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SINAPSE experts from around Scotland have developed ten online modules designed to explain medical imaging. They are freely available and are intended for non-specialists.

Edinburgh Imaging Academy at the University of Edinburgh offers the following online programmes through a virtual learning environment:

Neuroimaging for Research MSc/Dip/Cert

Imaging MSc/Dip/Cert

PET-MR Principles & Applications Cert

Applied Medical Image Analysis Cert

Online Short Courses

A pilot study of brain tumour growth between radiotherapy planning and delivery

Author(s): C. Pennington, L. Kilbride, R. Grant, J. M. Wardlaw

Aims: Delays between surgery and the delivery of radiotherapy may allow brain tumours to grow beyond the planned radiotherapy fields and therefore reduce the effectiveness of radiotherapy. This pilot study aimed to ascertain whether significant growth of brain tumours occurs between post-biopsy imaging and the start of radiotherapy. Materials and methods: Two estimates of tumour volume were obtained from contrast-enhanced magnetic resonance images obtained within 3 days of surgical debulking/biopsy (postoperative), and shortly before starting radiotherapy (pre-radiotherapy). The postoperative and pre-radiotherapy volumes were compared to assess tumour growth and expansion of the tumour margin. The enhancing tumour volume was measured on a workstation using two methods: tracing the area of the lesion on each slice on which it appeared and summing the volume in each slice, and by measuring the largest diameters in three planes. The ease of use and intra-operator variability of the two methods were compared. Results: The median time between postoperative and pre-radiotherapy scans was 31.5 days (range 15-53 days). Both methods found that statistically significant tumour growth occurred between postoperative and pre-radiotherapy imaging. The tumour area method found median postoperative volume of 42 849 mm(3) (range 4843-148 047 mm(3)), and median pre-radiotherapy volume of 49 382 mm(3) (range 9327-150 850 mm(3)) and a median growth of 35.07% (range 0-105%). The enhancing tumour margin on the pre-radiotherapy scan overlapped the margin of the postoperative scan by a maximum of 20 mm. Our study found that the diameter method gave lower estimates of tumour growth than the area method. The diameter method was inaccurate when tumours were small or irregularly shaped. Conclusion: As a 2-3 cm margin is usually included around the tumour when planning radiotherapy, it seems unlikely that the visible tumour actually grew outwith the planned radiotherapy fields. However, cells beyond the tumour margin visible on imaging could be outside the planned radiotherapy field. This paper highlights difficulties in determining the most appropriate time for baseline radiotherapy planning imaging to be carried out.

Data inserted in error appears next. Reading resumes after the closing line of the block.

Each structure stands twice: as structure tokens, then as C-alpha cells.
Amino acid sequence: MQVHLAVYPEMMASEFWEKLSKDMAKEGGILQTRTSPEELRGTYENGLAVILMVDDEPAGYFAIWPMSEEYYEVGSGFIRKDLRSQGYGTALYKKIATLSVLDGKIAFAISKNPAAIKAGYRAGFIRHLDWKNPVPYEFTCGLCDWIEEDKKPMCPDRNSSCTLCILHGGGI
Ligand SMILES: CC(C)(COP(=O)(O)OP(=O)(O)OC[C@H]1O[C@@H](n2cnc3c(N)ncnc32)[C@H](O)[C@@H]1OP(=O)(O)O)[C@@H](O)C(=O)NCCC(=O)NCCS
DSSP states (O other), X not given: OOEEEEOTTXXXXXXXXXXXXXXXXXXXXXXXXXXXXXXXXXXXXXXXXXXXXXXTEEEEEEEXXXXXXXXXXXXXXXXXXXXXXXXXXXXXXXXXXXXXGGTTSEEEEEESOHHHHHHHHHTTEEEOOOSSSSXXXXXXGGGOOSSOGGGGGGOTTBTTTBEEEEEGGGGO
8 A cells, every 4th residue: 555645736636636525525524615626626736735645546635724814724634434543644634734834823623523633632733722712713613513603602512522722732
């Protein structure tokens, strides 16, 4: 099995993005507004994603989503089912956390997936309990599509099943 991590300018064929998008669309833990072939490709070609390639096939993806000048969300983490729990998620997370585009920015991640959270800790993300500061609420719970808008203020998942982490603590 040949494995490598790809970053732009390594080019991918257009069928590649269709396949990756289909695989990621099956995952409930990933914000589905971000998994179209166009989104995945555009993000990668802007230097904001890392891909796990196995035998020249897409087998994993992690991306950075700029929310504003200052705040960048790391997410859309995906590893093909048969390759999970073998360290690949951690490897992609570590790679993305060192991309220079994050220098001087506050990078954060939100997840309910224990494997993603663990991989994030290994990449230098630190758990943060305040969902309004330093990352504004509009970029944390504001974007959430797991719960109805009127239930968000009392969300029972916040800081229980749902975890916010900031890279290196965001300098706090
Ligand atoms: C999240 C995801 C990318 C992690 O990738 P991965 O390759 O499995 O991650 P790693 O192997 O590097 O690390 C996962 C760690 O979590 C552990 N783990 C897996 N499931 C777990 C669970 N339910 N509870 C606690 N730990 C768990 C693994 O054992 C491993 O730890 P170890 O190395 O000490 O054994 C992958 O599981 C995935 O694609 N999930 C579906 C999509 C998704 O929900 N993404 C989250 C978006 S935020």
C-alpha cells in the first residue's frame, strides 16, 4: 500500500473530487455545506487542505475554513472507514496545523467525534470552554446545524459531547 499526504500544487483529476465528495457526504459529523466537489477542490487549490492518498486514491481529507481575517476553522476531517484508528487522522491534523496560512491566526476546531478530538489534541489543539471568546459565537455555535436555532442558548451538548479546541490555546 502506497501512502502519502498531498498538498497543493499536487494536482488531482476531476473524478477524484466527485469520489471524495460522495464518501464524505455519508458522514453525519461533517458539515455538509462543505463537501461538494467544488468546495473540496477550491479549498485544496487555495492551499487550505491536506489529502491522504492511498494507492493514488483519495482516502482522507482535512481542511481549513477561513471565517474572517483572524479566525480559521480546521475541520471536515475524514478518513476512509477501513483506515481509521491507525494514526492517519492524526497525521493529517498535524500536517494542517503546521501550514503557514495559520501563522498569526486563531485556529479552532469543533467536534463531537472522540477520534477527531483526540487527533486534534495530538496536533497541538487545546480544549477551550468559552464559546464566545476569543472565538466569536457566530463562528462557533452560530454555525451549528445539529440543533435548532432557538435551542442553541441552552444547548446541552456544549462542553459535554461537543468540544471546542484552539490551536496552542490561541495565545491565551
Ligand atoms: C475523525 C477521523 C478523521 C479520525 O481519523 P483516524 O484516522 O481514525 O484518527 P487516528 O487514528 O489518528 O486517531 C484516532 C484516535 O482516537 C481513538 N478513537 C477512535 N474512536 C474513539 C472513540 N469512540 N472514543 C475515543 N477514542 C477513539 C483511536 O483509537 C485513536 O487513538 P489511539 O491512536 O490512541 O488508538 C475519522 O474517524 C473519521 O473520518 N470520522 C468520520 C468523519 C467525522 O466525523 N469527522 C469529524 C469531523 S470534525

Full version: Available here

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ISBN: 0936-6555
Publication Year: 2006
Periodical: Clinical Oncology
Periodical Number: 2
Volume: 18
Pages: 104-108
Author Address: